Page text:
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In video games there are audio and sounds playing when e.g a gun is fired, or when a sword is smashing something. Sometimes, when two identical sounds, (e.g the same sword-sound) are played at the same time, we can hear some sort of 'artifact', like a swooshing sound. What is this called, and why does it occur?

Edit: This might be a question for a science forum, but I figured some sound designers/enthusiast would have been taught/come over something about this.

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It's comb filtering. This happens because the two sounds are played not exactly at the same time, but with a tiny delay between, yet unlike in the real world the sound events are exact copies, not just very similar. As a result, significant portions of the sound spectrum will cancel in both copies, while other frequencies always add up; this uneven (but static) frequency response makes this weird sound sensation.

The artifact can be avoided by using not always the exact same sample but some random choice of basically the same sound, perhaps recorded with slightly different microphone position. This "shuffles" the phase relations, so frequency cancelling doesn't happen at consistent points but only randomly for a short time, like in the real world.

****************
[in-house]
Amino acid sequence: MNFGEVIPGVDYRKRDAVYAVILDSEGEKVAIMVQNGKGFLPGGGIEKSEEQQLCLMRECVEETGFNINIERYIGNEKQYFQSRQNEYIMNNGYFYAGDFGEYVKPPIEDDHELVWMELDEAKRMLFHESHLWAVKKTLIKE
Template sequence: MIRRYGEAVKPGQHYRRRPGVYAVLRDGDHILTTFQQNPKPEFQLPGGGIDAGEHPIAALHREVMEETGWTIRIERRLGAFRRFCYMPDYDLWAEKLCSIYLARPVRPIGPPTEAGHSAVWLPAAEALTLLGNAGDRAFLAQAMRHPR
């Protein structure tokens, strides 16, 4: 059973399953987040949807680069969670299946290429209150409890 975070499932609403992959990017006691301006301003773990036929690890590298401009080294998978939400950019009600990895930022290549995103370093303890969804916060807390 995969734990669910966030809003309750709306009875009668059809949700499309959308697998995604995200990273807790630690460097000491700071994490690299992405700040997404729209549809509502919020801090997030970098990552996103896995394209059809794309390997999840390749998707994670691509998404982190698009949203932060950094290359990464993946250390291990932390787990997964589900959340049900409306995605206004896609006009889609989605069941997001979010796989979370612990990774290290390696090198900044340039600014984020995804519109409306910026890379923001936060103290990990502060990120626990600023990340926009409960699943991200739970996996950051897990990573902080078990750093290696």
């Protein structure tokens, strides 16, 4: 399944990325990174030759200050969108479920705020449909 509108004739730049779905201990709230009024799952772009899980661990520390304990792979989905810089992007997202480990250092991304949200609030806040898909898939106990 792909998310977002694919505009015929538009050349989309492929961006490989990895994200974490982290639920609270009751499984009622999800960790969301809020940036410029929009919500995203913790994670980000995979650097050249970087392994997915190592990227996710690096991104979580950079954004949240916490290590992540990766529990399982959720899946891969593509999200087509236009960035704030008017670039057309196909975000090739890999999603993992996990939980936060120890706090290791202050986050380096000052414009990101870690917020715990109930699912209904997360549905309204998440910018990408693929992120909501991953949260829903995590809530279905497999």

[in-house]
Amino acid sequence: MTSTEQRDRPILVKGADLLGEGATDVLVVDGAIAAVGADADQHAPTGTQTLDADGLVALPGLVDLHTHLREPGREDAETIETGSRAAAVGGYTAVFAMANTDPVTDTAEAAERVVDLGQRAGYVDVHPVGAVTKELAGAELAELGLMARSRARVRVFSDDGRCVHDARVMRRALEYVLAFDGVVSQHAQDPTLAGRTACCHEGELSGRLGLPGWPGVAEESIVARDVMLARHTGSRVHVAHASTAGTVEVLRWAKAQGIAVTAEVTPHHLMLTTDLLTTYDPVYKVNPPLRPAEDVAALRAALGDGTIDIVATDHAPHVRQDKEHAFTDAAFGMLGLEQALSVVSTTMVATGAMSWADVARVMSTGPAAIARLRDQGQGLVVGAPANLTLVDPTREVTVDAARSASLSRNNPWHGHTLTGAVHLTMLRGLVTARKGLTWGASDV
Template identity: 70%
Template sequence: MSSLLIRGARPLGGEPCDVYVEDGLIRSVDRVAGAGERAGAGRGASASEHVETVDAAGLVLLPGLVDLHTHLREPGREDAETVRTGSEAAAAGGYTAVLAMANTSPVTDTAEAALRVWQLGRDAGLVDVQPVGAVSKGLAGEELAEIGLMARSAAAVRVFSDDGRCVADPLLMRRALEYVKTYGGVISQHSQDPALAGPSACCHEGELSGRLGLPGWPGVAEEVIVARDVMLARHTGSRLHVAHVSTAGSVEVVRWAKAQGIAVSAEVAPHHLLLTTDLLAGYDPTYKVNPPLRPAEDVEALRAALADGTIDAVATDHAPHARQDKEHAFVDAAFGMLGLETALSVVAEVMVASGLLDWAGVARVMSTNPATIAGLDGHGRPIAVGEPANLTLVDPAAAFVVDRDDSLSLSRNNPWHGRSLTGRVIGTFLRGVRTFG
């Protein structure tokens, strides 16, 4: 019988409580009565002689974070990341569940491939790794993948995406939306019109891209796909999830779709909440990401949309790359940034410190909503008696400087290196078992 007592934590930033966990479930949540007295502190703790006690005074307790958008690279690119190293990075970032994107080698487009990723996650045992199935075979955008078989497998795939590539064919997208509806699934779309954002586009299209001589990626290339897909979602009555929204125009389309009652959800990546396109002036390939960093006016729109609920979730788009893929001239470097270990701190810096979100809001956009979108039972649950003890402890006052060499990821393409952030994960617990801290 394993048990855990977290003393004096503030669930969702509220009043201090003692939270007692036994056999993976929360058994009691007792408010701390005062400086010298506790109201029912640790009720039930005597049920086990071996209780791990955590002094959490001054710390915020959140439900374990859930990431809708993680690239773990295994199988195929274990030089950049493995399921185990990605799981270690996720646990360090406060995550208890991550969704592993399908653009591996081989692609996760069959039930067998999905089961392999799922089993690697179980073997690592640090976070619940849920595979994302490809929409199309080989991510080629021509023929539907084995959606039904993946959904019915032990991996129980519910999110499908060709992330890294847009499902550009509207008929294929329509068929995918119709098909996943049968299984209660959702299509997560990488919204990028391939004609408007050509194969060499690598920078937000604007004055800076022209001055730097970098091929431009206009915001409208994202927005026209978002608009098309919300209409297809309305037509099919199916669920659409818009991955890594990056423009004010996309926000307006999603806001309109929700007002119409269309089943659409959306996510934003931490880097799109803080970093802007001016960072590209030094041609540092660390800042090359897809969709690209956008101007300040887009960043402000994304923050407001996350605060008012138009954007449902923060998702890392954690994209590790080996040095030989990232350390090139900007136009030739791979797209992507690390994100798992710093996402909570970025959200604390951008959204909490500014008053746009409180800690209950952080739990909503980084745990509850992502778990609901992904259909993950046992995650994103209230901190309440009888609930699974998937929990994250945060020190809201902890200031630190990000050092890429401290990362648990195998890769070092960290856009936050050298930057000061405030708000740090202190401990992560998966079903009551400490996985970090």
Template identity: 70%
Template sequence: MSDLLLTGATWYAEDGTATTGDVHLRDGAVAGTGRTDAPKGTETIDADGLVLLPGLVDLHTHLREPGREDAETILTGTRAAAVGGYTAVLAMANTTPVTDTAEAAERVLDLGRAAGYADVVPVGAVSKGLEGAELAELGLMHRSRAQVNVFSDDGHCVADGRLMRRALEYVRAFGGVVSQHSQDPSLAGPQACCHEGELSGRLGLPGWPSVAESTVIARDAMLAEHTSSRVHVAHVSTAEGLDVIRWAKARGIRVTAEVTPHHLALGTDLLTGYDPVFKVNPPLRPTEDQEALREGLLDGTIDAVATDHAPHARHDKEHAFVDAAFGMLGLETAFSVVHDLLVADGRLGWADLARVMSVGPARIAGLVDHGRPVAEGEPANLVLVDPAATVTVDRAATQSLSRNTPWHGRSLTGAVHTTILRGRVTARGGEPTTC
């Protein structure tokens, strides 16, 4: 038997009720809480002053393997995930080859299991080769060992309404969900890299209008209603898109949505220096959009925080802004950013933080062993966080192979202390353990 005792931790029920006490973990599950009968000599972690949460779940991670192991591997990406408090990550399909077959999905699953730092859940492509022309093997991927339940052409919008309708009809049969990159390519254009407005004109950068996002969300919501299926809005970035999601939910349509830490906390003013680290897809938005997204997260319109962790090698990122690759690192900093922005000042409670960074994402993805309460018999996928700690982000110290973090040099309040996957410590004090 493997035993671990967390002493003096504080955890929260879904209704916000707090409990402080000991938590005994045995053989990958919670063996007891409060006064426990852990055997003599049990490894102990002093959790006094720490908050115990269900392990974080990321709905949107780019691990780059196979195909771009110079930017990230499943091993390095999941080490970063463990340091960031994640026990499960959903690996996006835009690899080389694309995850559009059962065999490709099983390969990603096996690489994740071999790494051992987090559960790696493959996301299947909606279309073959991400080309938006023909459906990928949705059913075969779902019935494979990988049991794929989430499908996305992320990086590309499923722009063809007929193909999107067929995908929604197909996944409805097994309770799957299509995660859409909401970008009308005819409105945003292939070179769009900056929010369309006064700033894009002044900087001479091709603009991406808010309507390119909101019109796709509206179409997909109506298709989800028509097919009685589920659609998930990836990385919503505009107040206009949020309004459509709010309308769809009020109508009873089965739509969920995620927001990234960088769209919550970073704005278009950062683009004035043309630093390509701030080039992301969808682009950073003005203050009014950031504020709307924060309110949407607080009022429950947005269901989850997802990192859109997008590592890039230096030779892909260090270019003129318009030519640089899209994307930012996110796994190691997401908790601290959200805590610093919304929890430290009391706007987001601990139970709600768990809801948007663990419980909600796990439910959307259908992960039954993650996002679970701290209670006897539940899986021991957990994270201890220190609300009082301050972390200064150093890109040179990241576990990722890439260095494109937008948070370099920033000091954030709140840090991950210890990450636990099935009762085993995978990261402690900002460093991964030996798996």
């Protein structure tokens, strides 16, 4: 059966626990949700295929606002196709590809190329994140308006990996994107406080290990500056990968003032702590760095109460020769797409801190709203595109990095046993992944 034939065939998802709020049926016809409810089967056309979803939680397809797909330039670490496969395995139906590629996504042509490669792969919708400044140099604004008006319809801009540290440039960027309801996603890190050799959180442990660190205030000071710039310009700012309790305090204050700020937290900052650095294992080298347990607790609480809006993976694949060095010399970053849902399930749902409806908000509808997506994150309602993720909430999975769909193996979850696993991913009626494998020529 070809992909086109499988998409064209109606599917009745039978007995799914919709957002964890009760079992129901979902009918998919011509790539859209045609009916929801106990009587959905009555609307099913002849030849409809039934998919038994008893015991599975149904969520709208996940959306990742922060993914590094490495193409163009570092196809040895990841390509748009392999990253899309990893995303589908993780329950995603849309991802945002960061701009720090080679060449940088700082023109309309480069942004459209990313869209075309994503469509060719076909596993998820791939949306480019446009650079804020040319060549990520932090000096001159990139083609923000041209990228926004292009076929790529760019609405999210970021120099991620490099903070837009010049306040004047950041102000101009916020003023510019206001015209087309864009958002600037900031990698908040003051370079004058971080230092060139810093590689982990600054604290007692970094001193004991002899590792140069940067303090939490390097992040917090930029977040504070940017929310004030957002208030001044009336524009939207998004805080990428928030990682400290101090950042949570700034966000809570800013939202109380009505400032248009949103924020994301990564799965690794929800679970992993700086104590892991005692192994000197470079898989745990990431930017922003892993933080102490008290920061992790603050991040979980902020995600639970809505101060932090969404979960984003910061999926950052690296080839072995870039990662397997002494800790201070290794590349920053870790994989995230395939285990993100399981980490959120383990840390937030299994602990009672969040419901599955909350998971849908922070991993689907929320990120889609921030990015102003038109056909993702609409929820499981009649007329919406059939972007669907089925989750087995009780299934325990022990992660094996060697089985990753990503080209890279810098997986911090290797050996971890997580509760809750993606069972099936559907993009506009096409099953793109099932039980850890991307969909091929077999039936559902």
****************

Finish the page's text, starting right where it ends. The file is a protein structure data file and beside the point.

• Thank you very much! That was the 'artifact' I was looking for. However, it feels wrong to call what I experienced a filter. When researching comb filtering, I gather that it's a common filter to be used for effects and songs. Do you happen to know what an unintended comb filtering could be called? (I'm trying to find an example on youtube from a video game or something like that (not with a microphone close to a speaker with a plate slightly further away on the other side)) – Sti Aug 18 '14 at 15:07
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    It is still called comb filtering. Actually I think it's mostly encountered unintended, being one of the major issues in room acoustics. The reason you don't find any video game examples on YouTube is that gamers are unlikely to know that this is called comb filtering. If you want to demonstrate the effect to someone, you can easily do that in any DAW (e.g. Audacity): simply drop the same sound on two tracks and move one of them a few milliseconds to the right in the time line. – leftaroundabout Aug 18 '14 at 20:06

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